27 April 2011

Pasqua, Pasquetta, and Primavera musings

Our wild cherry trees in bloom
Springtime in Italy's northern mountains is well and truly underway. As always the weather is a source of conversation and speculation. We had summer like temperatures in the early part of April tricking our wild mountain cherry trees into thinking that they were late for an important date and beginning to bloom before most of the trees had even thought about leafing out and almost a month earlier than usual.  A few day trips around in the valley and plains where fruit production is one of the main farming endeavors we saw blossoms galore, cherry, pear and apple all just a wee bit early for comfort. Mountain weather can be most unpredictable at best and down right heart breaking at times. So far so good. We have weathered a couple of cold snaps and our fruit trees haven't been nipped in the bud, so we'll revel in all this primavera glory. 
Staffarda Abbey with Monviso in the background
Easter has come and gone now and what a week it was. It seemed everyone had spring fever and an itch to get out of the house and go somewhere, anywhere, even if, just for the day.  Our SerreMarchetto neighborhood was bustling with activity with all of the extended family up for Easter lunch. 

Easter lunch with friends and family
Peasant Bread, Easter Egg bread and Chocolate Torte
My contributions to lunch
We did our part to make a group passeggiata after pushing away from the remnants of the epic holiday lunch to do the ciao ciao with our neighbors and survey what was new in our surrounding woods. We caught up with who had been chopping wood on their property, what was in bloom, what already had berries, the wild blueberries, very surprisingly, who was fixing us their property or putting out some replacement flowering shrubs and on and on till we stumbled back home to face a couple of drops of grappa and coffee before we put together some of the leftovers and a smal bollitto misto, before the dispersal home.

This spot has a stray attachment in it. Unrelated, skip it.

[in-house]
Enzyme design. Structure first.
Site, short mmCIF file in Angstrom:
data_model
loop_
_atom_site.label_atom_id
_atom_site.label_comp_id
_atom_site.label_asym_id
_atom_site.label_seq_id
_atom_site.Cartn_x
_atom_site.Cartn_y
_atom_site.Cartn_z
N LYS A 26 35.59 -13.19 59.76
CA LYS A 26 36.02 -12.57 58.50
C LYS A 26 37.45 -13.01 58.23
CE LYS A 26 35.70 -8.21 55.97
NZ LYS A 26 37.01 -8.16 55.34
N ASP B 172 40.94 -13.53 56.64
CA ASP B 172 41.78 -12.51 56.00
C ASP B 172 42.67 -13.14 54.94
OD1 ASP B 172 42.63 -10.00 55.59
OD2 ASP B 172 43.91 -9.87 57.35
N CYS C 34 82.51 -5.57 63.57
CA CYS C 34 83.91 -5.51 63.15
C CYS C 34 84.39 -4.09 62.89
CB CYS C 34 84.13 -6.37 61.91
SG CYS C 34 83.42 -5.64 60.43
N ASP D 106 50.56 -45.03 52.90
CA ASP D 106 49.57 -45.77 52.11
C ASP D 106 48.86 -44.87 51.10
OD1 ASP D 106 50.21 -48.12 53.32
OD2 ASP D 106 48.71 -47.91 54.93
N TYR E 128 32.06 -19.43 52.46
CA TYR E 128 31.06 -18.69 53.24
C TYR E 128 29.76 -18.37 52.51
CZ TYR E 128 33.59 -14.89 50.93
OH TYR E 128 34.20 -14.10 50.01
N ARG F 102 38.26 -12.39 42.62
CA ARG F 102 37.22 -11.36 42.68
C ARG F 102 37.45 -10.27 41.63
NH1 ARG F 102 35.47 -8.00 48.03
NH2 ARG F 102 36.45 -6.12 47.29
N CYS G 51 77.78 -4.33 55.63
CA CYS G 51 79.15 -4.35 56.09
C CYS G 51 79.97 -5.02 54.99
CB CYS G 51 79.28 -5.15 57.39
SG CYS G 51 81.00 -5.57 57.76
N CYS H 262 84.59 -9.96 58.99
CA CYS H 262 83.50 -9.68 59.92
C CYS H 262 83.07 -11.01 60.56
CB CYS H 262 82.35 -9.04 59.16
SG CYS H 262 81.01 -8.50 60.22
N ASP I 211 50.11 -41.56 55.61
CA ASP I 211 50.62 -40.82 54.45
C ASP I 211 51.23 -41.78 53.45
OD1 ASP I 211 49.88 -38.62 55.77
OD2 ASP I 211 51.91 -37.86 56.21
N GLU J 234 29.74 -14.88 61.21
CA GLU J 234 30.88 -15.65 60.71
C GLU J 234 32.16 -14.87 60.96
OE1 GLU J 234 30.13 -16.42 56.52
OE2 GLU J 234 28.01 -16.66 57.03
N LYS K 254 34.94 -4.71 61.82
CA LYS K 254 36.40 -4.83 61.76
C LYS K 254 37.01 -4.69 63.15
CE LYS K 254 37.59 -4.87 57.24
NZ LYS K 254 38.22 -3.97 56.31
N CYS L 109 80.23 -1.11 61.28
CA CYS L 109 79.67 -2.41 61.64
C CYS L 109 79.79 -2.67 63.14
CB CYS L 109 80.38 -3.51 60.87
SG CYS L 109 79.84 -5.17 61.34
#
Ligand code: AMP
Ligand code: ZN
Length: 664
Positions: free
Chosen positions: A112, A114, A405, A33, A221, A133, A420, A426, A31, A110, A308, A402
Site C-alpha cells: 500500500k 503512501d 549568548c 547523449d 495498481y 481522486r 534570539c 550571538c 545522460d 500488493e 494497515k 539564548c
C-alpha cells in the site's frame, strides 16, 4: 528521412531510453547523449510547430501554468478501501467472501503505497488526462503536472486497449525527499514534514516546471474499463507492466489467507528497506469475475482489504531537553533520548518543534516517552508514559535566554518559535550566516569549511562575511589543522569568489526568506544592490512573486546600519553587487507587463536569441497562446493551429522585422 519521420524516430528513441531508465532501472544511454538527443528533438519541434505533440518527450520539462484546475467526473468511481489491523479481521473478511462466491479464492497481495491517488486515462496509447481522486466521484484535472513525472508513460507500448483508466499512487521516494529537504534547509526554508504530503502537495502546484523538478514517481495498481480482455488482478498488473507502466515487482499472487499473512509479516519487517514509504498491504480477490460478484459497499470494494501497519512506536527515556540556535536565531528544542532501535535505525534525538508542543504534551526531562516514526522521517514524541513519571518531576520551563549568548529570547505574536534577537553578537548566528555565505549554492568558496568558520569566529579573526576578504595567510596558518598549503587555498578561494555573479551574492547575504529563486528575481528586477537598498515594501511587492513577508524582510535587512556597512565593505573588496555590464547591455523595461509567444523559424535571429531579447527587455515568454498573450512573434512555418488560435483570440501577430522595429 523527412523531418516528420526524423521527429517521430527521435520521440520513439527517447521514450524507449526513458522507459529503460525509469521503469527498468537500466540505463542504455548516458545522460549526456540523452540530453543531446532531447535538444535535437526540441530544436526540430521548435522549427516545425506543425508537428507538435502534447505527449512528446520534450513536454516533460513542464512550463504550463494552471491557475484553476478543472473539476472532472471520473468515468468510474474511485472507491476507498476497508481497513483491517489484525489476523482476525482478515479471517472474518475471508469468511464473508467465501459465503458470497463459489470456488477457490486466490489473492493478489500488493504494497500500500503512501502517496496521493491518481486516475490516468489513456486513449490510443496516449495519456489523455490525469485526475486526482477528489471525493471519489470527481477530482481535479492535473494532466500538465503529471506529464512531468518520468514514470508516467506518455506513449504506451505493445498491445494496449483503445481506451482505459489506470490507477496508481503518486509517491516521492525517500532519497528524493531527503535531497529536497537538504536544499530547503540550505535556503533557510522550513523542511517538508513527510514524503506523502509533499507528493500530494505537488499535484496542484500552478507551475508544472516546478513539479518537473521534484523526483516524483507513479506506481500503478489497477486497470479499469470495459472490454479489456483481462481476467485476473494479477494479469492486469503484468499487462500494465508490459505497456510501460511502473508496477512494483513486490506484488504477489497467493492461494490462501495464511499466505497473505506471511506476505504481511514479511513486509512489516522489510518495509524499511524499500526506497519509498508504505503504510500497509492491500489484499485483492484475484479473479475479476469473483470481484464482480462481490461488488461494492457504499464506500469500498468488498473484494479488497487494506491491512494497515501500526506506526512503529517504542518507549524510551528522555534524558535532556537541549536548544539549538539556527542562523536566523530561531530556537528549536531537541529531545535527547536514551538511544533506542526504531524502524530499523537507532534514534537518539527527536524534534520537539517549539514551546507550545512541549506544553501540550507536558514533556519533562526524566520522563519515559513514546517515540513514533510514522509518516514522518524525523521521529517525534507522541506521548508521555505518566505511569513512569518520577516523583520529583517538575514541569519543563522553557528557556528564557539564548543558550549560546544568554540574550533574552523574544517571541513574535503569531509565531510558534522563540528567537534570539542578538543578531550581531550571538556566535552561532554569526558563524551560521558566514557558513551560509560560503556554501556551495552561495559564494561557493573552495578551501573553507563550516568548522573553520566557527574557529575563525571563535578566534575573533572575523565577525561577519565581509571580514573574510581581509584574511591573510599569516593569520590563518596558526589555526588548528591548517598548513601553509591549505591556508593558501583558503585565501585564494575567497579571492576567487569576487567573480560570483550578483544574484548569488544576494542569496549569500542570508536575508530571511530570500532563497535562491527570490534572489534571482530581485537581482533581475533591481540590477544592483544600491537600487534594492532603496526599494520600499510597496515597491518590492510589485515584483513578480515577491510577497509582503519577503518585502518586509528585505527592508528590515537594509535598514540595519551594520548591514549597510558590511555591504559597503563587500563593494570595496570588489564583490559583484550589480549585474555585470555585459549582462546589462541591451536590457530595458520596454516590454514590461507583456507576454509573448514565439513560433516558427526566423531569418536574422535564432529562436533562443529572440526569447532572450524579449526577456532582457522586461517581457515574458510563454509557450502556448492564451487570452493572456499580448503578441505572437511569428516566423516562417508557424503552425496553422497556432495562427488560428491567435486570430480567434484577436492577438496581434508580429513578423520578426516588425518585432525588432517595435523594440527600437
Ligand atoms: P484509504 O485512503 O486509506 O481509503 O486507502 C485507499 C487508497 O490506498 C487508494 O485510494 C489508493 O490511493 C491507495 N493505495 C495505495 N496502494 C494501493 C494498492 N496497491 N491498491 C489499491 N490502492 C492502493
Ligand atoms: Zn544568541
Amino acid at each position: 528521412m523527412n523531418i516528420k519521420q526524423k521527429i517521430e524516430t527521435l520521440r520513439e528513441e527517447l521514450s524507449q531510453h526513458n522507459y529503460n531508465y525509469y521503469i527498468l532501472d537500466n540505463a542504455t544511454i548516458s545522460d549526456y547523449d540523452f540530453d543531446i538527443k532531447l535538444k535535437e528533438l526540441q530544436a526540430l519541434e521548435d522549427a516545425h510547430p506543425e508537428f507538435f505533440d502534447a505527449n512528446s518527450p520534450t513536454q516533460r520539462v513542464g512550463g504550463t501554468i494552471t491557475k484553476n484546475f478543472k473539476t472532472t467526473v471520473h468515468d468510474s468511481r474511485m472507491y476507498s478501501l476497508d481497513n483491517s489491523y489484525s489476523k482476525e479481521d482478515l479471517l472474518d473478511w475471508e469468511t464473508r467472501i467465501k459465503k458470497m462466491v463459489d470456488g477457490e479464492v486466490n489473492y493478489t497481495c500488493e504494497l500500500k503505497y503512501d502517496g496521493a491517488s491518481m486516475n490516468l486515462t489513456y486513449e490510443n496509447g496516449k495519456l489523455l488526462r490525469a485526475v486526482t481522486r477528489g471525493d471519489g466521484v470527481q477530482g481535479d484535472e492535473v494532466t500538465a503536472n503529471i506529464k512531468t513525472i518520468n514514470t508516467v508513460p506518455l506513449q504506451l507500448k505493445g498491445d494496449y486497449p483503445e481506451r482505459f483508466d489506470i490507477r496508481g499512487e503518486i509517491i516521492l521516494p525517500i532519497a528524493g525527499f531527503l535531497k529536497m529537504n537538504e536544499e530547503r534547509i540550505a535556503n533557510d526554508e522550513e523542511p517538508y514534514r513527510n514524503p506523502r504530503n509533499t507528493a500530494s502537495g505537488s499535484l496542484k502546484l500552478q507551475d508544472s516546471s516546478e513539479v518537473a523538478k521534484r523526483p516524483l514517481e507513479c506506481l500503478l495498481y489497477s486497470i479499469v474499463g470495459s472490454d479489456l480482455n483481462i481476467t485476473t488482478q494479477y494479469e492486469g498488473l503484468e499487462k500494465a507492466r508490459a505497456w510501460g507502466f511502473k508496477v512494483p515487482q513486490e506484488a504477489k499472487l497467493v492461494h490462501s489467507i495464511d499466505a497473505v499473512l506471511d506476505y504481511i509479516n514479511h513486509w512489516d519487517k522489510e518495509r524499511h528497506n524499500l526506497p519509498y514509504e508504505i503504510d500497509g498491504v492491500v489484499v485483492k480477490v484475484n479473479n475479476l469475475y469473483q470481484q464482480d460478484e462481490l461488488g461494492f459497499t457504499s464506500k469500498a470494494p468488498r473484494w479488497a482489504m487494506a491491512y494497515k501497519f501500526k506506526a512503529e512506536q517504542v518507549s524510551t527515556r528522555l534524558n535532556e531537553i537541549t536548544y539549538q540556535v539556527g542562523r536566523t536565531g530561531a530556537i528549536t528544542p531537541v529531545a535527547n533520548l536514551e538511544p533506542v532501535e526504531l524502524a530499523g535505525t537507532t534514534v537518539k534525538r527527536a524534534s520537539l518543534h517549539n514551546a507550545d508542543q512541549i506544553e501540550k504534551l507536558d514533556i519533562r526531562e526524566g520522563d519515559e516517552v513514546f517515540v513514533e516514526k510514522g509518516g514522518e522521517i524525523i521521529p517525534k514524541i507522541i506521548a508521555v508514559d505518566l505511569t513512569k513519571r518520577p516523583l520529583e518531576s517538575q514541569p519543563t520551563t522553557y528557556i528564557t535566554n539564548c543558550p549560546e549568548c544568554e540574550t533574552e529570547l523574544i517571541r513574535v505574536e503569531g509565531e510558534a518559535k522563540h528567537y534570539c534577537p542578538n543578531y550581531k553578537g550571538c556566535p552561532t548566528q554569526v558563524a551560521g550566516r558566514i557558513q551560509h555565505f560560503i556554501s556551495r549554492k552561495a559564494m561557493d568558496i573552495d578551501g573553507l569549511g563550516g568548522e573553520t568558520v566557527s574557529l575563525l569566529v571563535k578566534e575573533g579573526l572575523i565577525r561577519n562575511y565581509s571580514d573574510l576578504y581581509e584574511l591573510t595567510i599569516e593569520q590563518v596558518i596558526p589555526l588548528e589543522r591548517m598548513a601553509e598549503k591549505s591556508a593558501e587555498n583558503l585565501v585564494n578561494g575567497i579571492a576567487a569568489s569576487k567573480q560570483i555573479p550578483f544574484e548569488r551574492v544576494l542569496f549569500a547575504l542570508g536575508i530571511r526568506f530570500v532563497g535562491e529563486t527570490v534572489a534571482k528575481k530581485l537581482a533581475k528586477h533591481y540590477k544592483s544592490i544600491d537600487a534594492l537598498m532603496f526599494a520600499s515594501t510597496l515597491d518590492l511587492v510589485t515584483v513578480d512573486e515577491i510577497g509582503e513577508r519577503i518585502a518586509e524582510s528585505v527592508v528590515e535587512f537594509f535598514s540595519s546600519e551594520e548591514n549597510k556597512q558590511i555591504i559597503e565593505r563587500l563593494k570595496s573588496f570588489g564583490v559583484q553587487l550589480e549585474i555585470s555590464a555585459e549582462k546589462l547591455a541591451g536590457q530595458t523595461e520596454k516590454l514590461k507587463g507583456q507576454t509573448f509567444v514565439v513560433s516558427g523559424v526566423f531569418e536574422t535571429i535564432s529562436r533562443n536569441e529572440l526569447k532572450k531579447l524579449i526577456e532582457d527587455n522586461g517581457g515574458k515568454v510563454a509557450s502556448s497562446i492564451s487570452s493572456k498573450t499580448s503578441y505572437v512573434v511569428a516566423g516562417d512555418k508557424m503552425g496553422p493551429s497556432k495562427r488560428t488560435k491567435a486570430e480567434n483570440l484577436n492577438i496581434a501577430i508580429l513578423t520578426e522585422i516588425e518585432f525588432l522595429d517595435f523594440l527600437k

Friends from New York looking towards home
Passeggiata photo at our SerreMarchetto overlook
Then comes Pasquetta, or little Easter, the Monday after Easter is national picnic day. It seems sometimes to almost be more important to Italians than Easter. Everyone heads to the hills or seaside or flees from the family to picnic with their friends. 
Fair Fare
This year was triply interesting because Pasquetta also happend to fall on April 25th, which is Liberation Day, when the allied forces freed Italy in WWII and it happened to be the last Monday in April which happens to be the ongoing Pinerolo semi annual fiera or fair. 
Italian Liberation Day WWII
If you couldn't find something to do Monday, it wasn't for a lack of offerings. We managed a couple of the offerings. We drove to Pinerolo to take in the fair and see if there was anything we couldn't live with out, and were rewarded with a couple of hand painted platters, one decorated with olive branches and the other with local favorite icon, porcini mushrooms. On our way there we stopped for the town marching bands and military displays. I could have stayed longer at all of the different festivities, but we had a bbq to attend and the ribs were calling our name. The show rolled on. 
Master bar b que chef cousin Paolo
Italian ribs and sausage
We hadn't been to our cousins place before and it is a nice oasis in the fertile flats of the Po river valley. The grass was tall, the weather warm with a gentle breeze and apricot trees that had fruit big enough to start thinking about ripening. 
Green apricots April 25, 2011
They are at least a month or so early. I was truly astonished. 
Pasquetta Picnic
Another round of eating, and some family tales and fellowship before heading home with the holidays being truly over. Well, at least until May 1 when there is yet another  holiday, the Italian equivalent of Labor Day. 
Whew, these holidays are hard work.  


bellini said...

Looks like a lovely Easter was had by all!!!!! Nothing beats sharing with friends and family!

Bella Baita View said...

We did all have a great time. Thanks for stopping by Val.

Nita Tucker said...

The view is so beautiful! I lived in Florence for four years, so I saw a lot of amazing historical structures and artwork, but the countryside is another experience entirely.

Chef Chuck said...

Wow, I love northern Italy!!
The fruit trees sound so inviting!!
Enjoy the spring...
Thank you for sharing :)

Bella Baita View said...

Yes the countryside and mountains, are a completely different experience from the culture and art of the cities. I've always been drawn to mountains having grown up in small country towns. I do love both experiences though, especially in Italy, you can't beat it. Thanks Nnita and Chef Chuck for stopping by and commenting.

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